Why satellites, anyway? Isn’t fiber faster?

Fiber, or internet delivered via ground-laid fiber-optic cable, offers upload and download speeds that are indeed much faster than satellite internet — but, as companies like Google will tell you, there’s nothing fast about deploying the infrastructure necessary to get fiber to people’s homes. That’s not to say that there’s anything simple about shooting satellites into space, but with fewer sharp-elbowed competitors — and with a lot less red tape to cut through — there’s every reason to believe that services like Starlink will reach the bulk of underserved communities long before fiber ever will. Recent FCC filings also suggest that Starlink could ultimately double as a dedicated phone service, too.

And don’t forget that this is Elon Musk we’re talking about. SpaceX is the only company on the planet with a landable, reusable rocket capable of delivering payload after payload into orbit. That’s a mighty advantage in the commercial space race. On top of that, Musk said in 2018 that Starlink will help provide SpaceX with revenue needed to fund the company’s long-held ambition to establish a base on Mars. 

If that day arrives, it’s also likely that SpaceX will try to establish a satellite constellation on the red planet, too. That means that Starlink customers are potentially doubling as guinea pigs for the Martian wireless networks of the future.

“If you send a million people to Mars, you better provide some way for them to communicate,” Shotwell said in 2016, speaking about the company’s long-term vision for Starlink. “I don’t think the people who go to Mars are going to be satisfied with some terrible, old-fashioned radios. They’ll want their iPhones or Androids on Mars.”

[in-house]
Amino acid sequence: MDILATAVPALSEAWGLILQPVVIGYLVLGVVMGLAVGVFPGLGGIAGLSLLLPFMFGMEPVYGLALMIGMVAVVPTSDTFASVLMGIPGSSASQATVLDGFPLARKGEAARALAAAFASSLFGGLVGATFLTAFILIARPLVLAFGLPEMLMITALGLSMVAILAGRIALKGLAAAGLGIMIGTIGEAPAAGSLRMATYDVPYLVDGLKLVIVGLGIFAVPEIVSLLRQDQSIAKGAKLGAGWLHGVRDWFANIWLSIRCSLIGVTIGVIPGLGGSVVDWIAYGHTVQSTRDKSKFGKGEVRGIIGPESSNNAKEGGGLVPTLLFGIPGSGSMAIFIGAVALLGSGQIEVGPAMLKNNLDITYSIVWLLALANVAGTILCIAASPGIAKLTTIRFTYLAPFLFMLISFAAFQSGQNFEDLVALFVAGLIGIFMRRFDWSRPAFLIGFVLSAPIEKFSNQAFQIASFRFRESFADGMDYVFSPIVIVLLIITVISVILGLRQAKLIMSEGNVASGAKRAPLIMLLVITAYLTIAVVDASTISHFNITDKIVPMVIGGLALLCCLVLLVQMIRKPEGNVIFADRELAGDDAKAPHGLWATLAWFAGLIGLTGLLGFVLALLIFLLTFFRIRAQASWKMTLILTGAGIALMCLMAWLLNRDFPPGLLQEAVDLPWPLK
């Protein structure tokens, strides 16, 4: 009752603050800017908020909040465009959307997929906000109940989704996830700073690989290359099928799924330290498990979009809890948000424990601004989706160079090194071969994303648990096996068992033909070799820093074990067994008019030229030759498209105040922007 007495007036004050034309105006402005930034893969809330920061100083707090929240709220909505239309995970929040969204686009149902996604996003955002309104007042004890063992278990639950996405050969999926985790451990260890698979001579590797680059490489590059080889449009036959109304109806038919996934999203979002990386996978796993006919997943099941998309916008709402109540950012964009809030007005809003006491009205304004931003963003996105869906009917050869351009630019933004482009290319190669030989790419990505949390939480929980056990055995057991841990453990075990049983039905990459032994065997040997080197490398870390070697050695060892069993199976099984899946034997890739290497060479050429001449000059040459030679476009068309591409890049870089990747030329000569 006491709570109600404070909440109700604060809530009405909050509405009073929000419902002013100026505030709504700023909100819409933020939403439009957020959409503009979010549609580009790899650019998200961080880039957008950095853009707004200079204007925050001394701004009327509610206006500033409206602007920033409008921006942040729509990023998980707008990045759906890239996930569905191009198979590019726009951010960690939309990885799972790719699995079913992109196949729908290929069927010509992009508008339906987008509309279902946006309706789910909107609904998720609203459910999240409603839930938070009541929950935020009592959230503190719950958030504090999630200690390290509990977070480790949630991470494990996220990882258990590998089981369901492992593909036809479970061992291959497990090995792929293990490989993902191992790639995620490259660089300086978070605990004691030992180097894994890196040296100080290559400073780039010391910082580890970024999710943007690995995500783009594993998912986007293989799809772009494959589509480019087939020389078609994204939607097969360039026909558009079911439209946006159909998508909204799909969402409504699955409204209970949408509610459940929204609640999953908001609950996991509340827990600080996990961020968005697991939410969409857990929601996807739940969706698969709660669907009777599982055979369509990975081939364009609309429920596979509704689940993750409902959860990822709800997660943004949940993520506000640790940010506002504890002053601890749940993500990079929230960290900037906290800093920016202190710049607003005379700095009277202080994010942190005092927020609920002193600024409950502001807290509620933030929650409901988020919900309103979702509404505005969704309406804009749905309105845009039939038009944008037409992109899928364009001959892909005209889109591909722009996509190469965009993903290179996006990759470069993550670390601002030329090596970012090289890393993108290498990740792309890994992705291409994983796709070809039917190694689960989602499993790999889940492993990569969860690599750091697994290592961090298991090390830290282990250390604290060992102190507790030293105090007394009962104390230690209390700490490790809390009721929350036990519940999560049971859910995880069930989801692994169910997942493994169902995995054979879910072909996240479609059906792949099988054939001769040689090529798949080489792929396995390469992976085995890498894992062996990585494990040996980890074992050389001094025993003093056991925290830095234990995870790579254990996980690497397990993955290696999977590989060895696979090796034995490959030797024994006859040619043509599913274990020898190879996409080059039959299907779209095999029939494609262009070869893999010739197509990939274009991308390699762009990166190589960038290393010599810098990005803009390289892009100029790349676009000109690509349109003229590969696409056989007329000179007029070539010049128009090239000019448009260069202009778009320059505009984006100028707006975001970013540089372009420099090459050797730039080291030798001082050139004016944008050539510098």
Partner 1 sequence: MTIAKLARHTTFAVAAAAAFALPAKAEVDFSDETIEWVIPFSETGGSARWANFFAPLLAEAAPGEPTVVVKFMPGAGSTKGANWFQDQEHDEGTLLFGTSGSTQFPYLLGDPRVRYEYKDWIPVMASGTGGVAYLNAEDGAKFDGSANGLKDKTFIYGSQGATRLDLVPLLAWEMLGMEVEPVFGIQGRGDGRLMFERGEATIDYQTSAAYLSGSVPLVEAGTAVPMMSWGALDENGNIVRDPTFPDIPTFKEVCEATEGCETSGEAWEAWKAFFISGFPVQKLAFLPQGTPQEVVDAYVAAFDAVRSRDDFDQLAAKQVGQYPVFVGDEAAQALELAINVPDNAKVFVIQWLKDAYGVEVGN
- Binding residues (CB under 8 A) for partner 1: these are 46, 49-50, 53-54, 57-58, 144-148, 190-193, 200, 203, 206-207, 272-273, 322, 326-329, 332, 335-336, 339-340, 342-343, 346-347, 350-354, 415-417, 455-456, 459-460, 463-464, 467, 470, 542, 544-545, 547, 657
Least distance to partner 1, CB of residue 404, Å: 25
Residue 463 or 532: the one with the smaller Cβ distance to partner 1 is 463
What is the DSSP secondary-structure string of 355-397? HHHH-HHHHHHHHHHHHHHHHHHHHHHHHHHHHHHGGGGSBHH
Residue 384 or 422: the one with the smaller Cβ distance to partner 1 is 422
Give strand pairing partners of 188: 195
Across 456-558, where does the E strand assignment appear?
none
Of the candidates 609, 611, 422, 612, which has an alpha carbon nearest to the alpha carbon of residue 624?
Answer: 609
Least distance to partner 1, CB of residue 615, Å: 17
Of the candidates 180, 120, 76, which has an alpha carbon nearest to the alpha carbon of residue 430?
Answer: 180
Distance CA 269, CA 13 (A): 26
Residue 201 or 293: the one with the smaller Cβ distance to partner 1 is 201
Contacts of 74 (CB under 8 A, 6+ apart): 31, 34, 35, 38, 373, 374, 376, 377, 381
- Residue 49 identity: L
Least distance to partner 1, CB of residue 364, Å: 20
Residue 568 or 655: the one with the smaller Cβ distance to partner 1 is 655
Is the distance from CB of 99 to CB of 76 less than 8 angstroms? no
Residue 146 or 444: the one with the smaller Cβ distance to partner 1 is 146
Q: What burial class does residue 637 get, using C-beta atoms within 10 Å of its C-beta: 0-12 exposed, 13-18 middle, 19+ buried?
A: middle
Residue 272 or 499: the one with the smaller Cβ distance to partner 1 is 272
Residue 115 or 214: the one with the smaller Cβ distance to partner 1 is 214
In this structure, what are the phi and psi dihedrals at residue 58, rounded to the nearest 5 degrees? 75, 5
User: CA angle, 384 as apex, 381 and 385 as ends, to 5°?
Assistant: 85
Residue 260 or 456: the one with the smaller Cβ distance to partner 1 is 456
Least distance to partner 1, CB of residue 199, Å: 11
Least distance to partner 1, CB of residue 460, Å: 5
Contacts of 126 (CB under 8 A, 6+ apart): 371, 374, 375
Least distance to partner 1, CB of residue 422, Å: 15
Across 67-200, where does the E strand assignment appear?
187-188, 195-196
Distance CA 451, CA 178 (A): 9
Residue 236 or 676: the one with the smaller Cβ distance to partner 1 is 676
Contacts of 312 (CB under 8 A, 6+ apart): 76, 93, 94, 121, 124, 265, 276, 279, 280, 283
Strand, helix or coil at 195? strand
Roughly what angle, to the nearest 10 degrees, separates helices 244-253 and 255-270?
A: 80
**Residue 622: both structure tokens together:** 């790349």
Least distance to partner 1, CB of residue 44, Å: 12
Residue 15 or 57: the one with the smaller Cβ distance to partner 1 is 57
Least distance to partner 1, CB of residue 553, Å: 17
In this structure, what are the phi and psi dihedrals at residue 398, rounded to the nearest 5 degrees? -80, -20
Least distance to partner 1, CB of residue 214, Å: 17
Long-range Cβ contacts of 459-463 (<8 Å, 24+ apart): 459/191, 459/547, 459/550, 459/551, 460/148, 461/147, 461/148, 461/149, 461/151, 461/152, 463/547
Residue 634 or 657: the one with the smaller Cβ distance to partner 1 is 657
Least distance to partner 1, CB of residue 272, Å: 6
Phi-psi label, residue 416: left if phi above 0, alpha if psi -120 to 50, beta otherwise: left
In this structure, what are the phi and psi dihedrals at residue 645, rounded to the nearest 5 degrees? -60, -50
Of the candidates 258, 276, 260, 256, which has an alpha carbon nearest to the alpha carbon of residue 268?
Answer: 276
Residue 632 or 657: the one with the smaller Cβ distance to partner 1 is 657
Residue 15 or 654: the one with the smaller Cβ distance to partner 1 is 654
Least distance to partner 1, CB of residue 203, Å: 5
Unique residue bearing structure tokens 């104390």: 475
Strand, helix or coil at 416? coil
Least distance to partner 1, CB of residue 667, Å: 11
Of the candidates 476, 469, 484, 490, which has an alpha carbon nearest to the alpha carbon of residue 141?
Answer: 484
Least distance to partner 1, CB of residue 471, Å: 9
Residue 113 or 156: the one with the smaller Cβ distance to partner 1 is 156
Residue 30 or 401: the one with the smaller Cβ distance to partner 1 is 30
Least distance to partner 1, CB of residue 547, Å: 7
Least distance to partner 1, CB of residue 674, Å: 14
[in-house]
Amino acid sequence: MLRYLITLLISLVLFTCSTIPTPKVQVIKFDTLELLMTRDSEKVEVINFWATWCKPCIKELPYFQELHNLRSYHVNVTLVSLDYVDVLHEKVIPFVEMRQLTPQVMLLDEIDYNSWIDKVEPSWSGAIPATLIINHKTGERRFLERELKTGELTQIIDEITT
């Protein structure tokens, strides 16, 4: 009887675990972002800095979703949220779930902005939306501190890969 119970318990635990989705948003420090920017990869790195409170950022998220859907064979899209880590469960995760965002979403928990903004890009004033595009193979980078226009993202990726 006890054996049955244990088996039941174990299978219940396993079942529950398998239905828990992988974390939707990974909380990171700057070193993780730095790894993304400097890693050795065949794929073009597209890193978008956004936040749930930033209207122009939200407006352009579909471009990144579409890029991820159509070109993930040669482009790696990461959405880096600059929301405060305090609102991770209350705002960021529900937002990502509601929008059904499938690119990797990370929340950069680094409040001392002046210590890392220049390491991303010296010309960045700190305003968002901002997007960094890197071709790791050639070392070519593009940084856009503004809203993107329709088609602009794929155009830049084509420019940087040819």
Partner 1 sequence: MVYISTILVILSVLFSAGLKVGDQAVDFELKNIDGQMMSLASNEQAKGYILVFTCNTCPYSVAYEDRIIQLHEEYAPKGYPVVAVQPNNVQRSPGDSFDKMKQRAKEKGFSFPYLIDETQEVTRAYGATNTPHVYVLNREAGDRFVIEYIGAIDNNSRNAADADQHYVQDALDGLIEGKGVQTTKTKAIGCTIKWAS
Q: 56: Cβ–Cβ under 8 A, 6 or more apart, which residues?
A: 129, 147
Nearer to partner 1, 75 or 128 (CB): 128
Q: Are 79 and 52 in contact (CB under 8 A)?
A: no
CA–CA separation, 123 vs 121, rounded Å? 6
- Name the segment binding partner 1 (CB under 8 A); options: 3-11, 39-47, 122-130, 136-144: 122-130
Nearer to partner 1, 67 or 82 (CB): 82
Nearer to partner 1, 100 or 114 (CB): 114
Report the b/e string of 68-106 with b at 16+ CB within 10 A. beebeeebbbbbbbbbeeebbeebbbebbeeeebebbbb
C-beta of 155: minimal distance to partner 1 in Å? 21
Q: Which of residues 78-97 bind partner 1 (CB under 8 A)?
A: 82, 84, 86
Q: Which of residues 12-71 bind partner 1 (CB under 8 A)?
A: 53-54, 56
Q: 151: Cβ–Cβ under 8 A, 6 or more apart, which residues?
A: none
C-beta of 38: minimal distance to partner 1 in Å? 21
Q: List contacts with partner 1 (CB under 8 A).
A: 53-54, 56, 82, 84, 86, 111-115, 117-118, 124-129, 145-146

Starlink’s terms of service includes a Mars clause — users must agree that Mars is a free planet unbound by the authority or sovereignty of any Earth-bound government.


Starling/Screenshot by Ry Crist/CNET

As CNET’s Jesse Orral noted in a recent video about Starlink, you’ll even find hints of Musk’s plans for Mars in the Starlink terms of service, which at one point reads:

“For services provided on Mars, or in transit to Mars via Starship or other colonization spacecraft, the parties recognize Mars as a free planet and that no Earth-based government has authority or sovereignty over Martian activities.” 

Still, with top speeds currently pegged at 150Mbps, Starlink’s satellite internet won’t be anywhere near the gigabit fiber speeds people on Earth are used to anytime soon — and that’s due to the sheer distance each transmission needs to travel on its round trip from your home to the stratosphere. It’s a factor that also jacks up latency, which is why you’ll often notice awkward lulls in the conversation if you’re talking to someone over a satellite connection.

That said, Starlink promises to improve upon existing expectations for satellite connections by placing satellites into orbit at lower altitudes than before — 60 times closer to the Earth’s surface than traditional satellites, per the company’s claims. This low-earth orbit approach means that there’s less distance for those Starlink signals to travel — and thus, less latency. We’ll let you know how those claims hold up once we’re able to test the Starlink network out for ourselves.

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A Starlink outage on May 6, charted here on DownDetector and reported by Reddit users, seemed to affect users for a few hours.


DownDetector

Is Starlink reliable?

Early reports from outlets like Fast Company and CNBC seem to indicate that Starlink’s first customers are satisfied with the service, though the company warns of “brief periods of no connectivity at all” during beta.